Hey, Remember Me??

By Wendy Carpenter
Updated: April 30, 2008

SEATTLE — The Seattle Storm’s practice facility was empty after the second day of training camp last week — save for newly acquired forward Sheryl Swoopes, still taking shot after shot.

Nowhere to be found were her teammates, including former University of Washington standout Kristen O’Neill, who had a pair of Swoopes’ signature shoes growing up, and second-round draft pick Allie Quigley, who had Swoopes’ jersey.

The three-time WNBA MVP had missed several shots during the first workout open to the media. She became hesitant, prompting first-year coach Brian Agler to halt practice and remind her to keep shooting.

“Great shooters shoot,” he told her. “As a veteran player with a lot of pride, I know I’m not going to go out there and let a rookie outwork me,” the 37-year-old Swoopes said. “No, because I have a lot of pride in myself.”

That explains why she has worked so hard to return to the court this summer after missing last season with a back injury and then undergoing surgery.

Now, after four WNBA championships and three MVP awards, Swoopes is attempting a renaissance, playing for a new team for the first time in 10 years. She left Houston last month to sign as a free agent with the Storm, making her one of five superstars on the Seattle roster.

“Change is good,” Swoopes said. “I do feel like being in a new environment, a new atmosphere, new coaches, new system, new players, new city, just everything new is good for me.

“After not playing last season, it was like everyone had forgotten about Sheryl. For me to be able to come here and have a fresh start, I think it’s a good situation.”

Swoopes played in only three games last season because of a bulging disk in her lower back. She went through a three-month rehabilitation after her surgery in October.

Finally, she feels healthy. “I think I’m at a point in my career right now where I don’t really feel like I have to prove anything to other people,” Swoopes said. “Do I think it’s possible for me to come back and be at the top again? Absolutely.”

“If I felt like I was going to be just another player out there, then I probably would have retired and said, ‘No, I’m done.’ But the athlete in me, the competitor in me, is not going to be satisfied with just being out there.”

Her decision to move to Seattle was not made lightly. She had other people to consider, such as her 10-year-old son, Jordan, and her partner, Alisa Scott, who was an assistant with the Comets for seven years.

Both spent last weekend in Seattle before returning to Houston, where they will remain — except for a few weekend trips back — until Jordan finishes school next month. They will spend the summer in Seattle.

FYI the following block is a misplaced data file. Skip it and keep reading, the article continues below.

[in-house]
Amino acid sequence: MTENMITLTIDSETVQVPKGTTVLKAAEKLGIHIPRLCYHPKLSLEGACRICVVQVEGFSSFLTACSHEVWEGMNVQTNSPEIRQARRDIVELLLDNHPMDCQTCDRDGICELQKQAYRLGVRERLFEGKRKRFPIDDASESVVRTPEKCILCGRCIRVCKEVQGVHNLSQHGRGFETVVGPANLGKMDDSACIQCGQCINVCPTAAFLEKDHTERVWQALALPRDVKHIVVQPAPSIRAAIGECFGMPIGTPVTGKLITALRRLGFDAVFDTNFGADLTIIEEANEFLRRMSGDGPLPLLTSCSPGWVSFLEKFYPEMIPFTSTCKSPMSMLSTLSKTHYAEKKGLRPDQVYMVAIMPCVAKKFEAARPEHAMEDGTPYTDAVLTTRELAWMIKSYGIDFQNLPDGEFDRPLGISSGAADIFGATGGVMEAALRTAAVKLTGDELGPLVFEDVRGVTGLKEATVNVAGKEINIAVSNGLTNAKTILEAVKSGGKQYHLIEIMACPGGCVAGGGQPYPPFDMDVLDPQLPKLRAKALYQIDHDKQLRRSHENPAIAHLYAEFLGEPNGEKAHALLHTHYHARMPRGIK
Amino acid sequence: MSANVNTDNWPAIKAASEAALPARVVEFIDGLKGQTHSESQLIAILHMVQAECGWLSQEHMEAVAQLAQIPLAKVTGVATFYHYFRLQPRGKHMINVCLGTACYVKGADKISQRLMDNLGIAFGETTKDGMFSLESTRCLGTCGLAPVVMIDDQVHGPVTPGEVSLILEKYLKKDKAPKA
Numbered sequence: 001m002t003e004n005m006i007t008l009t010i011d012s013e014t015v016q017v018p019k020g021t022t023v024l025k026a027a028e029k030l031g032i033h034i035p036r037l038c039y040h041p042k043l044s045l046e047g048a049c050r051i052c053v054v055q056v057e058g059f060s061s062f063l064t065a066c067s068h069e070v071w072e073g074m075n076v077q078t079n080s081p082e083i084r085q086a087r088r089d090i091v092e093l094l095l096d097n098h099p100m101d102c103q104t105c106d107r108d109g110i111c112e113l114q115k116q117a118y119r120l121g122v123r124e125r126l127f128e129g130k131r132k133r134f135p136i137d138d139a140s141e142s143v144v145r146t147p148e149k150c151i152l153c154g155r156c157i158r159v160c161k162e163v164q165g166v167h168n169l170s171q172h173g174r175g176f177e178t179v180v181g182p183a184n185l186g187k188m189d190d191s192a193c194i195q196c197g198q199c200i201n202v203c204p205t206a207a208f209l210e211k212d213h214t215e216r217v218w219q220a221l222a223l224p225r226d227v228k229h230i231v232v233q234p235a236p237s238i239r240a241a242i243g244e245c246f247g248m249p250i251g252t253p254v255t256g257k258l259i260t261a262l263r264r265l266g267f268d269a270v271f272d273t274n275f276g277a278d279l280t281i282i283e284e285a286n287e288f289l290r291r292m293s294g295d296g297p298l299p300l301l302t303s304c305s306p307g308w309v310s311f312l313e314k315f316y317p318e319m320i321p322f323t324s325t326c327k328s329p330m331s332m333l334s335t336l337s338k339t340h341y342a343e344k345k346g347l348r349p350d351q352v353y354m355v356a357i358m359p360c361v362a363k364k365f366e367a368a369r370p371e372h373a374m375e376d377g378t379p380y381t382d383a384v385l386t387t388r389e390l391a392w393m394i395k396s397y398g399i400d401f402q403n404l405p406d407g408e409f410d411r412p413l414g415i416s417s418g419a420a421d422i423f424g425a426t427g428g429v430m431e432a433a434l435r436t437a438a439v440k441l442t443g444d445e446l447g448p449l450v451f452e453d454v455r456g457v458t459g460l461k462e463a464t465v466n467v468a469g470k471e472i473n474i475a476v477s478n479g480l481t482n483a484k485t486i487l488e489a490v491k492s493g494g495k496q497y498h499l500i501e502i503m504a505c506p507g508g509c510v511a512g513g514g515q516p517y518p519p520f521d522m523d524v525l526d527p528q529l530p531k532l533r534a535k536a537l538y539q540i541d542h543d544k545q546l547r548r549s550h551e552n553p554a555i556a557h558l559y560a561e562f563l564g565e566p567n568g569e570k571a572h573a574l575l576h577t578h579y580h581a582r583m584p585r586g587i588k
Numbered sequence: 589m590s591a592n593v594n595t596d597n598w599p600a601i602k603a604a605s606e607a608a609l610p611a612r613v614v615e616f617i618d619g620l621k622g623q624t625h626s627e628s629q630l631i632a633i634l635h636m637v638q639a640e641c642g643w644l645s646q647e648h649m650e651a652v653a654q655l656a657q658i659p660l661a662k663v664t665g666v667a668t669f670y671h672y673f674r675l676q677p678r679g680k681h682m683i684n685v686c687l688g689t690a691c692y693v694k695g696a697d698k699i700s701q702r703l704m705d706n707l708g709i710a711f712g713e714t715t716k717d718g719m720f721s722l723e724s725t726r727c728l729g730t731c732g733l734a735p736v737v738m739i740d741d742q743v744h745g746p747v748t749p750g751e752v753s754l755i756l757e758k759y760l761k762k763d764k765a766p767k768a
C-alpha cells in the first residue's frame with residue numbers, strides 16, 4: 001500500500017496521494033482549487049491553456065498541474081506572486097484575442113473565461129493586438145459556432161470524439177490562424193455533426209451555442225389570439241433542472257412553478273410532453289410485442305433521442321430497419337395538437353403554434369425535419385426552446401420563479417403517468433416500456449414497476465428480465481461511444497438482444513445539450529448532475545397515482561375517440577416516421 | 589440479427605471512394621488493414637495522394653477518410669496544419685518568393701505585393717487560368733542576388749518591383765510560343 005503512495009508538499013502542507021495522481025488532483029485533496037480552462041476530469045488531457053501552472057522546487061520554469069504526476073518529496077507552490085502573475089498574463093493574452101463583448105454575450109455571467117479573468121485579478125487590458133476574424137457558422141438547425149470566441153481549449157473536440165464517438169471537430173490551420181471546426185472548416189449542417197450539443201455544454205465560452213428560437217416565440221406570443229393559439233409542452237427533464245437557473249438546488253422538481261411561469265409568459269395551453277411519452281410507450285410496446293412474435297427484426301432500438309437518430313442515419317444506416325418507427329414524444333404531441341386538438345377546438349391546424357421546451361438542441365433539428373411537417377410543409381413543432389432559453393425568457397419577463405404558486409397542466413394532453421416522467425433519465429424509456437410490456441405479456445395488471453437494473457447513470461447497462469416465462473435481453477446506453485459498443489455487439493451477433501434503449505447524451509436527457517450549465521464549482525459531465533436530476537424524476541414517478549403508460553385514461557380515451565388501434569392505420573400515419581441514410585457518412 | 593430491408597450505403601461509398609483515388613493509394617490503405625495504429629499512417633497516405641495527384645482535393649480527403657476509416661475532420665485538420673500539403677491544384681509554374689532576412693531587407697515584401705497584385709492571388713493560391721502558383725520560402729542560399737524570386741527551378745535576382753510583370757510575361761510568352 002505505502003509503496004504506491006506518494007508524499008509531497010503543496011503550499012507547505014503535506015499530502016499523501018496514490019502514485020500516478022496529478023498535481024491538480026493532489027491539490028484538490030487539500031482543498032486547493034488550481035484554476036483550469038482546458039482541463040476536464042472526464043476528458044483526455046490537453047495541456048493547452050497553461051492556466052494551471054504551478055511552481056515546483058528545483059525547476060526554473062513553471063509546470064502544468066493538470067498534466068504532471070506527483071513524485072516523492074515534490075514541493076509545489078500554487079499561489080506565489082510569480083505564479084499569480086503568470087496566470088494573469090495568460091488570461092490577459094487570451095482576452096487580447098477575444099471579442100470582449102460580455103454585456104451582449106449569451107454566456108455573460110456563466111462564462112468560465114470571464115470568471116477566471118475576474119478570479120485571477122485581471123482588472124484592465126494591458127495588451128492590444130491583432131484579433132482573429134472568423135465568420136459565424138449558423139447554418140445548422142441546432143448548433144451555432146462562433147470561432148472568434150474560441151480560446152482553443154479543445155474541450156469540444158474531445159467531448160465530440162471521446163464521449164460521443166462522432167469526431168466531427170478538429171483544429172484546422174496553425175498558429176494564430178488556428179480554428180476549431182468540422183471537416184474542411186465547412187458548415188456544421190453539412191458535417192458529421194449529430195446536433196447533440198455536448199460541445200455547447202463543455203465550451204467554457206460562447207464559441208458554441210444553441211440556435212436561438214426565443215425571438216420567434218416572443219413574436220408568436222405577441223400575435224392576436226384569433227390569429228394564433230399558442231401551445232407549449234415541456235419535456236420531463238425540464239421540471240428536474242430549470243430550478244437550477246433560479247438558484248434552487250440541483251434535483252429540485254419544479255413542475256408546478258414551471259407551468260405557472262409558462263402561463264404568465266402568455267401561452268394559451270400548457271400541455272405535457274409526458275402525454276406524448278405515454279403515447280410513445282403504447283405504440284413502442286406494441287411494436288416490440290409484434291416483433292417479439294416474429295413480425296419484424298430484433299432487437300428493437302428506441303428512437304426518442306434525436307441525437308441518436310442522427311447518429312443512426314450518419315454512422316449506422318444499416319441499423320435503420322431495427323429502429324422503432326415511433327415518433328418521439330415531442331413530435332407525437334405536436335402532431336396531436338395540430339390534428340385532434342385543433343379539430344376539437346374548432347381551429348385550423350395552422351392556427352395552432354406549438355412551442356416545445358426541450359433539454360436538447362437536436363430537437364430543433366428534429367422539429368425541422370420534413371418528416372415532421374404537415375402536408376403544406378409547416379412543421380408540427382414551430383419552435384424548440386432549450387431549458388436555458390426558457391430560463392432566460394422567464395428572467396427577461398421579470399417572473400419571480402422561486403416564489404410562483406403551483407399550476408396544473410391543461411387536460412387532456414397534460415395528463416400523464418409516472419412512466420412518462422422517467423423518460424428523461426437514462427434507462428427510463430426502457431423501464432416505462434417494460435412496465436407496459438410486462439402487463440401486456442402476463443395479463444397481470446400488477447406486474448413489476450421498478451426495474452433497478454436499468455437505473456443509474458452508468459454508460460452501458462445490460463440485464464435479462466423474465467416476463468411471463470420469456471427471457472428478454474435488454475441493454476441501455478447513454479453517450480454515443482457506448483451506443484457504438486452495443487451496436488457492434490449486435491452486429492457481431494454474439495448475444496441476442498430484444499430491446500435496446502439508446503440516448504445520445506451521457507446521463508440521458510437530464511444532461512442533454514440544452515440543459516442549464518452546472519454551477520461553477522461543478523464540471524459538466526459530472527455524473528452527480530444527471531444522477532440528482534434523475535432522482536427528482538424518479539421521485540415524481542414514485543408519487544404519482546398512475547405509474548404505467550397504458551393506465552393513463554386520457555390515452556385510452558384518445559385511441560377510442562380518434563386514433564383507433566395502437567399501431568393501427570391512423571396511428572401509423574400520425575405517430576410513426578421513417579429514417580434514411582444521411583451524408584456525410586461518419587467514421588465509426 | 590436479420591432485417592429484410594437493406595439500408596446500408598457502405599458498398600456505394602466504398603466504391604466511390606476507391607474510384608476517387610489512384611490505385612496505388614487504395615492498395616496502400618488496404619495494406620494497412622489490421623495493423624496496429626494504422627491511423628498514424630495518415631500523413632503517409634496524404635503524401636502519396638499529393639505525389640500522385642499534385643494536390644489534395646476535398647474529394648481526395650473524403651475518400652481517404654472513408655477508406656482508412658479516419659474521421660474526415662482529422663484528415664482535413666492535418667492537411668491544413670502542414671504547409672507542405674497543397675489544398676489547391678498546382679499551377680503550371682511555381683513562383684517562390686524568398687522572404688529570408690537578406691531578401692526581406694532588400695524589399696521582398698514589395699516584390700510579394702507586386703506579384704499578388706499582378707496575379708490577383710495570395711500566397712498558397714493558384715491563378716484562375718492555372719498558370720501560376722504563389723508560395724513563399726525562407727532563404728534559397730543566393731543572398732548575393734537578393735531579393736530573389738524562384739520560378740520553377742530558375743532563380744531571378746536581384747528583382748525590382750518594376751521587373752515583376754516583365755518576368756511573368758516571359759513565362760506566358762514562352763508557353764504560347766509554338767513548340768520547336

“It wasn’t just me saying, ‘Look, you guys, I’m going to Seattle,’ ” said Swoopes, a Texas native who attended Texas Tech. “Obviously, Scotty and I talked about it. Jordan … said he thought it was great. But it is hard — sometimes you have to make sacrifices, and this is one.”

Swoopes said she is at a good place in life, though it took a while to get there. She was one of the first high-profile athletes to publicly acknowledge she is gay, coming out three years ago.

“It was scary,” Swoopes said. “Even if I didn’t have a child, it would have been scary. But having a child, it’s even scarier because you never really know how people are going to react.

“Even today, there are times when I do worry about it. But it’s such a relief that we can be honest, I can just be myself, live my life and not have to worry about who knows, who doesn’t know. I would like to see us — meaning this world — get to a point someday where (being gay is) not an issue, it’s not a topic, we’re not discussing this. There were so many more positive things that came out of (coming out) than negative, and if I had to do it all over again, I wouldn’t think twice.”

Swoopes also has no regrets about opting out of training sessions this month with the U.S. national team as it prepares for the Olympics this summer in Beijing.

“This was the ideal situation for me — come to training camp, be in camp every single day, learn Brian’s system, learn my teammates, get myself right physically, mentally, and when we start the season (May 17), I want to be 100 percent,” said Swoopes, who has been on three Olympic teams.

“And if USA Basketball is still there and they still want me, of course I want to be a part of it. I don’t think they’ve counted me out yet. Even if it’s me not playing 30 minutes a game, that leadership that I can bring, that’s what’s missing right now. I think that’s something that we need on this team to be successful.”

She likely will get her wish. Caroline Williams, director of communications for USA Basketball, said Tuesday that Swoopes is “still among the 29 players under consideration for the team. Somebody of her caliber — it would have been great to have had her (in the training session at Beijing last week).”

The final, 12-player roster for the U.S. team is expected to be announced in the coming weeks.

“If I play, this will definitely be my last one,” Swoopes said. “This would be a great way for me to go out and kind of hand over the reins to some of the younger players.”